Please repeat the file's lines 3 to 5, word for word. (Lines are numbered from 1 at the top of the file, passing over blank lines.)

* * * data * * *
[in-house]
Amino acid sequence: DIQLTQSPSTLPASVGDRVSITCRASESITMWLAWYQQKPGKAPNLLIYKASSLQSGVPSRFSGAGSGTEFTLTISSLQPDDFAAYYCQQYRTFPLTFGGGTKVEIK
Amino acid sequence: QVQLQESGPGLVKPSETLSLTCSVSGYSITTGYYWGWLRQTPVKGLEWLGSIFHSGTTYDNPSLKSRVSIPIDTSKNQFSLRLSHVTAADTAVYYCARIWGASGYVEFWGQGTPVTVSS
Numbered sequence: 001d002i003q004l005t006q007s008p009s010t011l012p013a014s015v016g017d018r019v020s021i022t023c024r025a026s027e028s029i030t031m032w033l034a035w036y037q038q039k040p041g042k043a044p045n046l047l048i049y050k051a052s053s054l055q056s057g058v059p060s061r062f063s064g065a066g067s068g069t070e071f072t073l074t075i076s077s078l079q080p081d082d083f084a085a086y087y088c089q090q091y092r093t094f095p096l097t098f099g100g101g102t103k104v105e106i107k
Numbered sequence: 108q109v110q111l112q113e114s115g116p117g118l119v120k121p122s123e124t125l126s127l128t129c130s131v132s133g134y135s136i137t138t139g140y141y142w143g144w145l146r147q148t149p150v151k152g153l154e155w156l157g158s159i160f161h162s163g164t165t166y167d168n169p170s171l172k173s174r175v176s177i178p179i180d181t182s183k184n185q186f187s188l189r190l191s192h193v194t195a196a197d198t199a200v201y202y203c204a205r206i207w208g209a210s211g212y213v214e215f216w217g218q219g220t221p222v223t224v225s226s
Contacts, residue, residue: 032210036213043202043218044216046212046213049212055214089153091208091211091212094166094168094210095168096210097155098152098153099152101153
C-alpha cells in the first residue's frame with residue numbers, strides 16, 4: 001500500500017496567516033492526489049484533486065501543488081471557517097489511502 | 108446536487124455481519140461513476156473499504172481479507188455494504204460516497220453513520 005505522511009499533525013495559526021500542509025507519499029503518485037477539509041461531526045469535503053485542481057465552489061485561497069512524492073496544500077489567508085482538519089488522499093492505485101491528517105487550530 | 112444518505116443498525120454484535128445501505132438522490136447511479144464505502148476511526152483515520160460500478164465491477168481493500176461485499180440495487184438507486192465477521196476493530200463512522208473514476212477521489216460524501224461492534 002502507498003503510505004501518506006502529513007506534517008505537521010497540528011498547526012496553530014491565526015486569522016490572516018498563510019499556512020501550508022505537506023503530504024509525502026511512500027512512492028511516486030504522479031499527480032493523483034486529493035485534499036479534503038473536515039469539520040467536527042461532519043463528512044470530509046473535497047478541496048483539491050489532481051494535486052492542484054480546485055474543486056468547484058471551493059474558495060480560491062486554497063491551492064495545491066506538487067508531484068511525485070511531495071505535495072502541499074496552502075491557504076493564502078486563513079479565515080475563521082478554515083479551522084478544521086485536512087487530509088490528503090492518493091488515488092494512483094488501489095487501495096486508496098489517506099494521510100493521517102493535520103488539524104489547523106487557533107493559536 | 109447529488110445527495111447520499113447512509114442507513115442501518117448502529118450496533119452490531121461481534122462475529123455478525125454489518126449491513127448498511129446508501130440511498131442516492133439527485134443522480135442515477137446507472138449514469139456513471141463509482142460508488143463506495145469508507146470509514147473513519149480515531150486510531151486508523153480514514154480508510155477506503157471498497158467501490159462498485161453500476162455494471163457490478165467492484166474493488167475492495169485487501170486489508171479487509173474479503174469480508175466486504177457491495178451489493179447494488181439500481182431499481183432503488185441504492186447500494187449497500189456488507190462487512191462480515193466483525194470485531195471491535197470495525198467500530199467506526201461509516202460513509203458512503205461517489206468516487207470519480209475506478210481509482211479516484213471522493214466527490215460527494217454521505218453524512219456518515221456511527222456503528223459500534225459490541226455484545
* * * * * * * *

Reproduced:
Amino acid sequence: QVQLQESGPGLVKPSETLSLTCSVSGYSITTGYYWGWLRQTPVKGLEWLGSIFHSGTTYDNPSLKSRVSIPIDTSKNQFSLRLSHVTAADTAVYYCARIWGASGYVEFWGQGTPVTVSS
Numbered sequence: 001d002i003q004l005t006q007s008p009s010t011l012p013a014s015v016g017d018r019v020s021i022t023c024r025a026s027e028s029i030t031m032w033l034a035w036y037q038q039k040p041g042k043a044p045n046l047l048i049y050k051a052s053s054l055q056s057g058v059p060s061r062f063s064g065a066g067s068g069t070e071f072t073l074t075i076s077s078l079q080p081d082d083f084a085a086y087y088c089q090q091y092r093t094f095p096l097t098f099g100g101g102t103k104v105e106i107k
Numbered sequence: 108q109v110q111l112q113e114s115g116p117g118l119v120k121p122s123e124t125l126s127l128t129c130s131v132s133g134y135s136i137t138t139g140y141y142w143g144w145l146r147q148t149p150v151k152g153l154e155w156l157g158s159i160f161h162s163g164t165t166y167d168n169p170s171l172k173s174r175v176s177i178p179i180d181t182s183k184n185q186f187s188l189r190l191s192h193v194t195a196a197d198t199a200v201y202y203c204a205r206i207w208g209a210s211g212y213v214e215f216w217g218q219g220t221p222v223t224v225s226s